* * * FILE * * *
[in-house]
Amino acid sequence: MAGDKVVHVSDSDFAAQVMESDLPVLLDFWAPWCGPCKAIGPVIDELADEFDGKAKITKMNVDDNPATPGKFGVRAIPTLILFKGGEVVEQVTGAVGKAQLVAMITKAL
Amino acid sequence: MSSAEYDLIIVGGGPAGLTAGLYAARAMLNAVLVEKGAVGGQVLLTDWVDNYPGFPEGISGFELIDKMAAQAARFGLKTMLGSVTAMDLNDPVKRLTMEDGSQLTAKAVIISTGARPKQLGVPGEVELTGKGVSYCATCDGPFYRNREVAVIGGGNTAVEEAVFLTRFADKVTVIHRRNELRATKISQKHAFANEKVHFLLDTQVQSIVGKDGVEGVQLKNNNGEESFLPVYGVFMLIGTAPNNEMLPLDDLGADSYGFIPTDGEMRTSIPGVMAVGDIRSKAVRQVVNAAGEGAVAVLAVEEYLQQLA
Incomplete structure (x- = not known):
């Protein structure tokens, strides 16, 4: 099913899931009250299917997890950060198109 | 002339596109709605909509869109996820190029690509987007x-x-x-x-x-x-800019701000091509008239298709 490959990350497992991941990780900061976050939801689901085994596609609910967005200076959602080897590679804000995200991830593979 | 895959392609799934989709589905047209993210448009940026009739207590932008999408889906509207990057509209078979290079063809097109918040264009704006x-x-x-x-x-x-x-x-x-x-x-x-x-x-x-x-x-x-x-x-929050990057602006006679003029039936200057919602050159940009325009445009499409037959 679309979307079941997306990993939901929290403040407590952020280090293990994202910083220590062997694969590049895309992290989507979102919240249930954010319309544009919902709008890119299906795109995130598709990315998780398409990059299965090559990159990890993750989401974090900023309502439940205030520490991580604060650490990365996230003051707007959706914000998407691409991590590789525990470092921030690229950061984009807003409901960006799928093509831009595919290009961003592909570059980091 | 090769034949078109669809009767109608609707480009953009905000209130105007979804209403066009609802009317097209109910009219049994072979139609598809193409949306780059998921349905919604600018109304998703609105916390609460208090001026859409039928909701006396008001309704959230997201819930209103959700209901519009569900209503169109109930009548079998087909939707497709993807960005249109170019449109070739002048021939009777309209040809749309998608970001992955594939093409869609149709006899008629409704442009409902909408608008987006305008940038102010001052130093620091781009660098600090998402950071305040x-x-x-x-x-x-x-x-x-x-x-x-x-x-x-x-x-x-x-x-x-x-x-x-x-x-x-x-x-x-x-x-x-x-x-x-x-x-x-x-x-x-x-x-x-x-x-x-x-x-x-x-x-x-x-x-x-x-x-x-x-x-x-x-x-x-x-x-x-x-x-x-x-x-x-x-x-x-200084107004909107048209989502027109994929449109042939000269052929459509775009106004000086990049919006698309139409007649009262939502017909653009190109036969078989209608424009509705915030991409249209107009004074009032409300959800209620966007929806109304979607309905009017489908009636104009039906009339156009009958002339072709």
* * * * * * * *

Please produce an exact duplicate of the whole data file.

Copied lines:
[in-house]
Amino acid sequence: MAGDKVVHVSDSDFAAQVMESDLPVLLDFWAPWCGPCKAIGPVIDELADEFDGKAKITKMNVDDNPATPGKFGVRAIPTLILFKGGEVVEQVTGAVGKAQLVAMITKAL
Amino acid sequence: MSSAEYDLIIVGGGPAGLTAGLYAARAMLNAVLVEKGAVGGQVLLTDWVDNYPGFPEGISGFELIDKMAAQAARFGLKTMLGSVTAMDLNDPVKRLTMEDGSQLTAKAVIISTGARPKQLGVPGEVELTGKGVSYCATCDGPFYRNREVAVIGGGNTAVEEAVFLTRFADKVTVIHRRNELRATKISQKHAFANEKVHFLLDTQVQSIVGKDGVEGVQLKNNNGEESFLPVYGVFMLIGTAPNNEMLPLDDLGADSYGFIPTDGEMRTSIPGVMAVGDIRSKAVRQVVNAAGEGAVAVLAVEEYLQQLA
Incomplete structure (x- = not known):
């Protein structure tokens, strides 16, 4: 099913899931009250299917997890950060198109 | 002339596109709605909509869109996820190029690509987007x-x-x-x-x-x-800019701000091509008239298709 490959990350497992991941990780900061976050939801689901085994596609609910967005200076959602080897590679804000995200991830593979 | 895959392609799934989709589905047209993210448009940026009739207590932008999408889906509207990057509209078979290079063809097109918040264009704006x-x-x-x-x-x-x-x-x-x-x-x-x-x-x-x-x-x-x-x-929050990057602006006679003029039936200057919602050159940009325009445009499409037959 679309979307079941997306990993939901929290403040407590952020280090293990994202910083220590062997694969590049895309992290989507979102919240249930954010319309544009919902709008890119299906795109995130598709990315998780398409990059299965090559990159990890993750989401974090900023309502439940205030520490991580604060650490990365996230003051707007959706914000998407691409991590590789525990470092921030690229950061984009807003409901960006799928093509831009595919290009961003592909570059980091 | 090769034949078109669809009767109608609707480009953009905000209130105007979804209403066009609802009317097209109910009219049994072979139609598809193409949306780059998921349905919604600018109304998703609105916390609460208090001026859409039928909701006396008001309704959230997201819930209103959700209901519009569900209503169109109930009548079998087909939707497709993807960005249109170019449109070739002048021939009777309209040809749309998608970001992955594939093409869609149709006899008629409704442009409902909408608008987006305008940038102010001052130093620091781009660098600090998402950071305040x-x-x-x-x-x-x-x-x-x-x-x-x-x-x-x-x-x-x-x-x-x-x-x-x-x-x-x-x-x-x-x-x-x-x-x-x-x-x-x-x-x-x-x-x-x-x-x-x-x-x-x-x-x-x-x-x-x-x-x-x-x-x-x-x-x-x-x-x-x-x-x-x-x-x-x-x-x-200084107004909107048209989502027109994929449109042939000269052929459509775009106004000086990049919006698309139409007649009262939502017909653009190109036969078989209608424009509705915030991409249209107009004074009032409300959800209620966007929806109304979607309905009017489908009636104009039906009339156009009958002339072709």